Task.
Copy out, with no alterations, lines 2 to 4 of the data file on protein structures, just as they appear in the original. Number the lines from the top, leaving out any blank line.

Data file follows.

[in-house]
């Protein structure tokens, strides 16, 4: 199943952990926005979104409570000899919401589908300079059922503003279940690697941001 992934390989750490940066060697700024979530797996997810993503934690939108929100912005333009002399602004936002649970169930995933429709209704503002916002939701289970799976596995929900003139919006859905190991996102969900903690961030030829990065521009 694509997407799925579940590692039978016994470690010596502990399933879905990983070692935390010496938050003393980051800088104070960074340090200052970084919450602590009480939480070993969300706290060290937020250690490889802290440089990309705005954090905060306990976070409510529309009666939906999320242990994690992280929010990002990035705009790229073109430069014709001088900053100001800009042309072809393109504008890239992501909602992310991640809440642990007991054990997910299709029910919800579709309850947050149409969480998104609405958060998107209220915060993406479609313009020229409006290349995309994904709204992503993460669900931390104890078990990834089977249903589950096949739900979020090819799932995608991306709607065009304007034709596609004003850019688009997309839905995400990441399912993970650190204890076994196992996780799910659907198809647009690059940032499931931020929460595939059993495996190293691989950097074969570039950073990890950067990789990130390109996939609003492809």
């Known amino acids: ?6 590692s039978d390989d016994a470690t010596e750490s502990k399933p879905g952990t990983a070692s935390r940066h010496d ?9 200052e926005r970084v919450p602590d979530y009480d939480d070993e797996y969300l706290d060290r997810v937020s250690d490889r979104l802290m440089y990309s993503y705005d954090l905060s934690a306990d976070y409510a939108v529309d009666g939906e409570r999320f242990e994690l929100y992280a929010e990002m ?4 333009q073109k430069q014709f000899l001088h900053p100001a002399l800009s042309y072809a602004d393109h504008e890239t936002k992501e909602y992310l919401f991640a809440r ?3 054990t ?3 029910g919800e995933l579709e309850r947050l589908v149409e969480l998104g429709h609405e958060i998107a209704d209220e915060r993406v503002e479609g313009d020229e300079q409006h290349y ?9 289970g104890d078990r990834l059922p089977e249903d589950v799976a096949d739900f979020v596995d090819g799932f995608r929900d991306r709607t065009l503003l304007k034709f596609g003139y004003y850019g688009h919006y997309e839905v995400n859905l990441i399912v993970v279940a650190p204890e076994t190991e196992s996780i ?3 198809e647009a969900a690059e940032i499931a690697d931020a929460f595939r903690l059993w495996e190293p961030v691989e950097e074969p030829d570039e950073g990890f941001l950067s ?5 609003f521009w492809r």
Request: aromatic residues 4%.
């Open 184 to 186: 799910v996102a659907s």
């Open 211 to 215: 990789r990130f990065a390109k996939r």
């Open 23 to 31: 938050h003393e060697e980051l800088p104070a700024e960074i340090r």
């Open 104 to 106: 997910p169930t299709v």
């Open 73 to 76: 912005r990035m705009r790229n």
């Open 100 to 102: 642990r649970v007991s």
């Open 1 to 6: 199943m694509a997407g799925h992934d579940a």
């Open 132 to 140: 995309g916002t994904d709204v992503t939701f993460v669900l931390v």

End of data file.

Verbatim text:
């Protein structure tokens, strides 16, 4: 199943952990926005979104409570000899919401589908300079059922503003279940690697941001 992934390989750490940066060697700024979530797996997810993503934690939108929100912005333009002399602004936002649970169930995933429709209704503002916002939701289970799976596995929900003139919006859905190991996102969900903690961030030829990065521009 694509997407799925579940590692039978016994470690010596502990399933879905990983070692935390010496938050003393980051800088104070960074340090200052970084919450602590009480939480070993969300706290060290937020250690490889802290440089990309705005954090905060306990976070409510529309009666939906999320242990994690992280929010990002990035705009790229073109430069014709001088900053100001800009042309072809393109504008890239992501909602992310991640809440642990007991054990997910299709029910919800579709309850947050149409969480998104609405958060998107209220915060993406479609313009020229409006290349995309994904709204992503993460669900931390104890078990990834089977249903589950096949739900979020090819799932995608991306709607065009304007034709596609004003850019688009997309839905995400990441399912993970650190204890076994196992996780799910659907198809647009690059940032499931931020929460595939059993495996190293691989950097074969570039950073990890950067990789990130390109996939609003492809």
């Known amino acids: ?6 590692s039978d390989d016994a470690t010596e750490s502990k399933p879905g952990t990983a070692s935390r940066h010496d ?9 200052e926005r970084v919450p602590d979530y009480d939480d070993e797996y969300l706290d060290r997810v937020s250690d490889r979104l802290m440089y990309s993503y705005d954090l905060s934690a306990d976070y409510a939108v529309d009666g939906e409570r999320f242990e994690l929100y992280a929010e990002m ?4 333009q073109k430069q014709f000899l001088h900053p100001a002399l800009s042309y072809a602004d393109h504008e890239t936002k992501e909602y992310l919401f991640a809440r ?3 054990t ?3 029910g919800e995933l579709e309850r947050l589908v149409e969480l998104g429709h609405e958060i998107a209704d209220e915060r993406v503002e479609g313009d020229e300079q409006h290349y ?9 289970g104890d078990r990834l059922p089977e249903d589950v799976a096949d739900f979020v596995d090819g799932f995608r929900d991306r709607t065009l503003l304007k034709f596609g003139y004003y850019g688009h919006y997309e839905v995400n859905l990441i399912v993970v279940a650190p204890e076994t190991e196992s996780i ?3 198809e647009a969900a690059e940032i499931a690697d931020a929460f595939r903690l059993w495996e190293p961030v691989e950097e074969p030829d570039e950073g990890f941001l950067s ?5 609003f521009w492809r």
Request: aromatic residues 4%.